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Oil System Continued



8 January 2014: The fire sleeves are installed!  A sharp eye will spot that I've yet to clamp the fire sleeve. (They're hanging loose.) I'll finish clamping them after I've run the engine and verified that there are no leaks.





Fuel return line and fuel pressure sensor line. The barbs are too close to extend the fire sleeve of each hose to the end. A large piece of fire sleeve that came with the Lockwood remote mounting kit does the trick.





Fairing the Cowl



17 January 2014: My time has been divided between work on the Cessna and work on the Kitfox. That's why updates have been slow. The front of the cowl isn't completely straight. The bottom is closer to the spinner than the top. To alleviate this I measured the distance at the bottom and spotted marks to be able to duplicate the distance along the top. I then built a "dam" of masking tape to hold the Super-Fil while it cures.




As you can see I attached sticky-back sandpaper to a board. By pivoting on the high spot below the propeller opening I was able to sand down to the marks and keep the surface even with the high spot.




For the record!! This is photo number 1,000. I'm pleased to report that my scheme worked. Obviously there's a lot more to do.





 21 January 2014: More of the same. Actually most of today's building time is spent gathering the parts and scratching my head for the battery installation.





Battery Box



 25 January 2014: Fabricating the band. After thinking it through I realized that just bending it around the box was the easiest way to do it. What wasn't easy was installing the adell clamp on the bottom. That took A LOT of bad language.




 1 February 2014: Heavy Duty: Over the last couple of days I've been installing the master and starter relays and the battery wiring. In the second photo you can see the ground bus which is a forest of lugs that accept spade terminals. It is secured by two bolts. One of which takes the ground wires from the battery and the engine. This can be seen in the last photo.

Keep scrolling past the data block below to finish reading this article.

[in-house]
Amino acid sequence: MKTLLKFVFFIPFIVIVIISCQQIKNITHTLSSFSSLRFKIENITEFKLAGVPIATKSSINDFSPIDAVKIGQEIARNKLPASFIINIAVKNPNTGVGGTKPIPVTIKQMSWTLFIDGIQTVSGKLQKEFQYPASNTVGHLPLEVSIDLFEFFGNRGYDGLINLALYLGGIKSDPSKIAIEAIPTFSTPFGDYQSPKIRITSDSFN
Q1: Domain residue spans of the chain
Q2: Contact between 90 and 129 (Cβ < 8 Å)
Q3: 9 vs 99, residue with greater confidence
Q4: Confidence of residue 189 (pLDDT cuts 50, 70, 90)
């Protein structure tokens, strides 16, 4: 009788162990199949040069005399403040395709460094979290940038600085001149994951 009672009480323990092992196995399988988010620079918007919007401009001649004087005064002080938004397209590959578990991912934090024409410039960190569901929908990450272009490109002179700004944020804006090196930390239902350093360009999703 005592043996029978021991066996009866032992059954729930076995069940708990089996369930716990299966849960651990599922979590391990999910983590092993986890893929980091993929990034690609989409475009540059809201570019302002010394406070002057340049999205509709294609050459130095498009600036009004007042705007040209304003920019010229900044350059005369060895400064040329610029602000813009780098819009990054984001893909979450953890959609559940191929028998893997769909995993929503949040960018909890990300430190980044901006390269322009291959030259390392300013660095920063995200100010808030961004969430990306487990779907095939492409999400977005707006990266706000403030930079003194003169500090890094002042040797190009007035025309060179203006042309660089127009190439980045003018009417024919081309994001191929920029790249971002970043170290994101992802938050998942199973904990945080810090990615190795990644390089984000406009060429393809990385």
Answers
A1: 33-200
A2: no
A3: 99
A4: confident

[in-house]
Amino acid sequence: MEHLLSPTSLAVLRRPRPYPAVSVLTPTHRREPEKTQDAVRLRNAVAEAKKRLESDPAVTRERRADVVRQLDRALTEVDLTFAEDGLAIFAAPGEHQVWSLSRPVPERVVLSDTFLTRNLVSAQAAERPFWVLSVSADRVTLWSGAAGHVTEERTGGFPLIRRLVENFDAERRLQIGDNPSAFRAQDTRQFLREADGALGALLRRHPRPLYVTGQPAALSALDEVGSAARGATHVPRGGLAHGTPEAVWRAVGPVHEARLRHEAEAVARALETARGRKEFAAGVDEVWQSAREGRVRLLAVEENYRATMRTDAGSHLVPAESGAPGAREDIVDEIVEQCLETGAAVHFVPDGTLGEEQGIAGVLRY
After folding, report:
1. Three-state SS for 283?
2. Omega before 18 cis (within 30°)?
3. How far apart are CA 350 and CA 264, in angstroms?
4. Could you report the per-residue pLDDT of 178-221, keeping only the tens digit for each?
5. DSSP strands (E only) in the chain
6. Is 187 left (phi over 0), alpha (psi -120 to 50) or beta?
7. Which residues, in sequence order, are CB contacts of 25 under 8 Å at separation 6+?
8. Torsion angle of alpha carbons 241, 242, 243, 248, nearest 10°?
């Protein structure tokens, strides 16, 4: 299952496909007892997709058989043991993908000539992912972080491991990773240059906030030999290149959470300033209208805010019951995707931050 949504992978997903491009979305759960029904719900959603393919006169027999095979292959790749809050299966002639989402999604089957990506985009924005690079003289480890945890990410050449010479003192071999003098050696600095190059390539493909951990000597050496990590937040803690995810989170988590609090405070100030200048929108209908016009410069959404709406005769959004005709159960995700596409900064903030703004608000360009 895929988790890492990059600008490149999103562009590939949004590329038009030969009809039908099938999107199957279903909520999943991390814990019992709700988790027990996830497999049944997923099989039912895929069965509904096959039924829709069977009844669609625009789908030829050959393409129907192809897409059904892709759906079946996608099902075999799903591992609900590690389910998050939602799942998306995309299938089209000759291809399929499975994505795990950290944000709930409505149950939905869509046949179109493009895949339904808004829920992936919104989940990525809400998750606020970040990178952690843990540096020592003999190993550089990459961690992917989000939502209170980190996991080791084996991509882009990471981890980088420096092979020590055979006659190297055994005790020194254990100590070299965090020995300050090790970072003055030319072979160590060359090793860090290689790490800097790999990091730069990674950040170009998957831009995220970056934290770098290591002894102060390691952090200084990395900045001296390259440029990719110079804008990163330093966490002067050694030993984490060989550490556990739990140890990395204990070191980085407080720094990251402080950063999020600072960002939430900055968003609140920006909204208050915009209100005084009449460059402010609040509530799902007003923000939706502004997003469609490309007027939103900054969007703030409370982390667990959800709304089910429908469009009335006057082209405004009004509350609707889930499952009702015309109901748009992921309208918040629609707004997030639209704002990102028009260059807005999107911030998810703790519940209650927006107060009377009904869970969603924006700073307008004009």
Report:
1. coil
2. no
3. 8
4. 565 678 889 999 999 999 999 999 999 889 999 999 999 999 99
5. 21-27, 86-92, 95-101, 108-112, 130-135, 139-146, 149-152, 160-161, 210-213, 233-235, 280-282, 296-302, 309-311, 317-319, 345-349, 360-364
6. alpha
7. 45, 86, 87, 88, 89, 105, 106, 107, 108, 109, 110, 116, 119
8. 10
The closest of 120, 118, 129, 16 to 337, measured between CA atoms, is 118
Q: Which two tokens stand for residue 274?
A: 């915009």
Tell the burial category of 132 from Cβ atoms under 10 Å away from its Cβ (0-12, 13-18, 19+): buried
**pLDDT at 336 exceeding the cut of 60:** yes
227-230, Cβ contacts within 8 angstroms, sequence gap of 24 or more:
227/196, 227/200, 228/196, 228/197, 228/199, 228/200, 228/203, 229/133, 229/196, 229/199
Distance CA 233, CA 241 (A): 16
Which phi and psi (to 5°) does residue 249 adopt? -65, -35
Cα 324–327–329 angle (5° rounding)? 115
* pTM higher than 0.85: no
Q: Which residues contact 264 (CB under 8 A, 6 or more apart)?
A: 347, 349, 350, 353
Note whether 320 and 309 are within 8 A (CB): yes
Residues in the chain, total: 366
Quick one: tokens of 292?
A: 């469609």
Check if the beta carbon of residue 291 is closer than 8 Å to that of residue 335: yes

This inexpensive tool from Aircraft Tool Supply worked quite well on #6 wire terminals.








 I also made progress with the cowl.







Oil Access Door



 4 February 2014: I'll be forever alternating between fairing the cowl and everything else. Today I cut out the opening for the oil access and started making a pattern for the door. In the third photo you can see an application of Super-Fil behind the spinner. There will be plenty more applications before I can call the cowl 'fair.'




 7 February 2014: The door is ready to be mounted.






 11 February 2014: Mounting the oil access door. Clecoed in place and waiting for rivets and camlocs.





 18 February 2014: Mounting the camlocks.






 Riveted in place! For the first time on this project I had to use my rivet gun instead of the squeezer.





Engine Wiring



 Here I've routed the battery lead to the positive bus and the master and starter leads. A sharp eye will see that the battery lead doesn't have a terminal. It's in the mail. I'm temporarily using masking tape to secure the wires. this allows me to determine the length of each wire while allowing me to re-route if necessary.




 The terminal is still in the mail. I've added the leads from the ignition modules to the ignition switch.





 23 February 2014: Alternator wiring. This may be overdoing it but, I've mounted the ammeter shunt in a u-channel to reduce the possibility of something metallic falling on it and shorting it.